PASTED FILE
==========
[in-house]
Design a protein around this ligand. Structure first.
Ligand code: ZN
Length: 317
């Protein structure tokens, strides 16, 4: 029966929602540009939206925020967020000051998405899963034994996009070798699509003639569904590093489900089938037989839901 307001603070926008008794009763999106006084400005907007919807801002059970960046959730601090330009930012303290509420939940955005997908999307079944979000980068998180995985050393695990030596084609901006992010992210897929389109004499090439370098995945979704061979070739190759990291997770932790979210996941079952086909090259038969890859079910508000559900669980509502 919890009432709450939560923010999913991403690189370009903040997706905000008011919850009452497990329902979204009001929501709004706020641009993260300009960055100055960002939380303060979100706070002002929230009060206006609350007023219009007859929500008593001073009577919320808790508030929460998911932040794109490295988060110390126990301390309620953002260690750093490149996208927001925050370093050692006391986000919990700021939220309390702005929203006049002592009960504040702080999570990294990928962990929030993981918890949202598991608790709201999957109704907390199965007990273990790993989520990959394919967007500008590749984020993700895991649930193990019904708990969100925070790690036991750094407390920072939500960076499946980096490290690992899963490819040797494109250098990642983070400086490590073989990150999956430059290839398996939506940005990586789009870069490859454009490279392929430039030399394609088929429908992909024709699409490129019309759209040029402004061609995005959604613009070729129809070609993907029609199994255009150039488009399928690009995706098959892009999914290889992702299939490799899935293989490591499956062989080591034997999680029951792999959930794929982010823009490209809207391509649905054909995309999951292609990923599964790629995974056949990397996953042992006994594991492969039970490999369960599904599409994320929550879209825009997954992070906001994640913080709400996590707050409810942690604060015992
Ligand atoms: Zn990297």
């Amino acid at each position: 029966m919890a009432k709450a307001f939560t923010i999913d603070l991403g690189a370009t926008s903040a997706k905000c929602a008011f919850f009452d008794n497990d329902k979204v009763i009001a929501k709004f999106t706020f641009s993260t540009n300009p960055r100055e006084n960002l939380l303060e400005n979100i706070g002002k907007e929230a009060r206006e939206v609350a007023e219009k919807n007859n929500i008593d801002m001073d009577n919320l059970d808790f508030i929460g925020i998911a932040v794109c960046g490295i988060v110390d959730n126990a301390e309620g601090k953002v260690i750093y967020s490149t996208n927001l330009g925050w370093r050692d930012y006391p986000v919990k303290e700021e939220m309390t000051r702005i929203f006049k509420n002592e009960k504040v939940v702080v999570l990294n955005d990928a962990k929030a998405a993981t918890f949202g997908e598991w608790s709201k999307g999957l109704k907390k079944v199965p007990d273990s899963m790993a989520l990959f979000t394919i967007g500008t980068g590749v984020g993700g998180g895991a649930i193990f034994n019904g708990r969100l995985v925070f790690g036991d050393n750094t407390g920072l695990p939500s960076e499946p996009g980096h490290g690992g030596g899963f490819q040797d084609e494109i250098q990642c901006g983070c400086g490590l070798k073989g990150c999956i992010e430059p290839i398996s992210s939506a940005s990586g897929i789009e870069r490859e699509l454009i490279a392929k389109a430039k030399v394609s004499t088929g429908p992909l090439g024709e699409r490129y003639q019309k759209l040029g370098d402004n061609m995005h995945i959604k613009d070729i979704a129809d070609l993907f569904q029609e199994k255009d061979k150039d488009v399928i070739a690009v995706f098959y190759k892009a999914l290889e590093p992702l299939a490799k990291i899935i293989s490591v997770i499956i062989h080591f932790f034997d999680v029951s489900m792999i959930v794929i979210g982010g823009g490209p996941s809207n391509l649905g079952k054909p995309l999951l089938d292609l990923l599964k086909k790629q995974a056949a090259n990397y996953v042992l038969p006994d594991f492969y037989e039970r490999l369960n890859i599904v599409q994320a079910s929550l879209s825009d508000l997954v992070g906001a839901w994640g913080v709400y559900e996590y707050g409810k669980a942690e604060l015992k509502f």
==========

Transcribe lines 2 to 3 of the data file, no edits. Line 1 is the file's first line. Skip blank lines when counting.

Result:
Design a protein around this ligand. Structure first.
Ligand code: ZN